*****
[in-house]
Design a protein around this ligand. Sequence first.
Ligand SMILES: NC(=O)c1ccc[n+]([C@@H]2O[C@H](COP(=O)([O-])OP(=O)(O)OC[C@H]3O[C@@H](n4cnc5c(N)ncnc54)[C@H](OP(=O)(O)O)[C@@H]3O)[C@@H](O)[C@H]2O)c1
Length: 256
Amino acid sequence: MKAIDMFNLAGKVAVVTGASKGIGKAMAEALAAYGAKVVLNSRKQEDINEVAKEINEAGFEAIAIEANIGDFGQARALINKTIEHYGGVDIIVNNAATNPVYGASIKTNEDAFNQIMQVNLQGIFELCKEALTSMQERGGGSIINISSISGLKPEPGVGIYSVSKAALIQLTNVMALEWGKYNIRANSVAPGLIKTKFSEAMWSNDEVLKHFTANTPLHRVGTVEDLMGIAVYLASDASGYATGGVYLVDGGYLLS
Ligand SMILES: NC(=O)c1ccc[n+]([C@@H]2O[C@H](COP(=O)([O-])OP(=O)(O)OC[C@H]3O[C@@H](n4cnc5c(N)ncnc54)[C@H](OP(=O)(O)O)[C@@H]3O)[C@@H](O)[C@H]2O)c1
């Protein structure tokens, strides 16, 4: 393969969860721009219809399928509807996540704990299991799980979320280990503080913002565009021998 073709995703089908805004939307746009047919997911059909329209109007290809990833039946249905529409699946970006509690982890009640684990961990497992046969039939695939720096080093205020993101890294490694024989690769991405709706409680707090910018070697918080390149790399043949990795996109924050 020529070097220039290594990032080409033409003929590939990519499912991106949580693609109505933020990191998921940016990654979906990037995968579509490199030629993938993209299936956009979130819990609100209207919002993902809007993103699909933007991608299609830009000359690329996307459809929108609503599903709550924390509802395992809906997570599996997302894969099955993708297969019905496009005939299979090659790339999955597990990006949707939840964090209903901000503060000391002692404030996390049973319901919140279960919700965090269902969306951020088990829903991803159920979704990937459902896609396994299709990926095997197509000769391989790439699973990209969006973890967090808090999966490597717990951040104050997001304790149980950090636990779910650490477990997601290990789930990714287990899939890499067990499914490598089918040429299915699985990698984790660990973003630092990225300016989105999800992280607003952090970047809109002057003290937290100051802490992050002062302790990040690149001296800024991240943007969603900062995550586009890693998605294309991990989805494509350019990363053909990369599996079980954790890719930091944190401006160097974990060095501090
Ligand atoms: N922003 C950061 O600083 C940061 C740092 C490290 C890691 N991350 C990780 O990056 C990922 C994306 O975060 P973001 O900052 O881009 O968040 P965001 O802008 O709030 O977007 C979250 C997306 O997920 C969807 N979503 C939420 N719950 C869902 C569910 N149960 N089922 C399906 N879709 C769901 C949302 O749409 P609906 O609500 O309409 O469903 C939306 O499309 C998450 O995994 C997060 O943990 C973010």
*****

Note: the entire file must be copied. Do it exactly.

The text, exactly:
[in-house]
Design a protein around this ligand. Sequence first.
Ligand SMILES: NC(=O)c1ccc[n+]([C@@H]2O[C@H](COP(=O)([O-])OP(=O)(O)OC[C@H]3O[C@@H](n4cnc5c(N)ncnc54)[C@H](OP(=O)(O)O)[C@@H]3O)[C@@H](O)[C@H]2O)c1
Length: 256
Amino acid sequence: MKAIDMFNLAGKVAVVTGASKGIGKAMAEALAAYGAKVVLNSRKQEDINEVAKEINEAGFEAIAIEANIGDFGQARALINKTIEHYGGVDIIVNNAATNPVYGASIKTNEDAFNQIMQVNLQGIFELCKEALTSMQERGGGSIINISSISGLKPEPGVGIYSVSKAALIQLTNVMALEWGKYNIRANSVAPGLIKTKFSEAMWSNDEVLKHFTANTPLHRVGTVEDLMGIAVYLASDASGYATGGVYLVDGGYLLS
Ligand SMILES: NC(=O)c1ccc[n+]([C@@H]2O[C@H](COP(=O)([O-])OP(=O)(O)OC[C@H]3O[C@@H](n4cnc5c(N)ncnc54)[C@H](OP(=O)(O)O)[C@@H]3O)[C@@H](O)[C@H]2O)c1
């Protein structure tokens, strides 16, 4: 393969969860721009219809399928509807996540704990299991799980979320280990503080913002565009021998 073709995703089908805004939307746009047919997911059909329209109007290809990833039946249905529409699946970006509690982890009640684990961990497992046969039939695939720096080093205020993101890294490694024989690769991405709706409680707090910018070697918080390149790399043949990795996109924050 020529070097220039290594990032080409033409003929590939990519499912991106949580693609109505933020990191998921940016990654979906990037995968579509490199030629993938993209299936956009979130819990609100209207919002993902809007993103699909933007991608299609830009000359690329996307459809929108609503599903709550924390509802395992809906997570599996997302894969099955993708297969019905496009005939299979090659790339999955597990990006949707939840964090209903901000503060000391002692404030996390049973319901919140279960919700965090269902969306951020088990829903991803159920979704990937459902896609396994299709990926095997197509000769391989790439699973990209969006973890967090808090999966490597717990951040104050997001304790149980950090636990779910650490477990997601290990789930990714287990899939890499067990499914490598089918040429299915699985990698984790660990973003630092990225300016989105999800992280607003952090970047809109002057003290937290100051802490992050002062302790990040690149001296800024991240943007969603900062995550586009890693998605294309991990989805494509350019990363053909990369599996079980954790890719930091944190401006160097974990060095501090
Ligand atoms: N922003 C950061 O600083 C940061 C740092 C490290 C890691 N991350 C990780 O990056 C990922 C994306 O975060 P973001 O900052 O881009 O968040 P965001 O802008 O709030 O977007 C979250 C997306 O997920 C969807 N979503 C939420 N719950 C869902 C569910 N149960 N089922 C399906 N879709 C769901 C949302 O749409 P609906 O609500 O309409 O469903 C939306 O499309 C998450 O995994 C997060 O943990 C973010």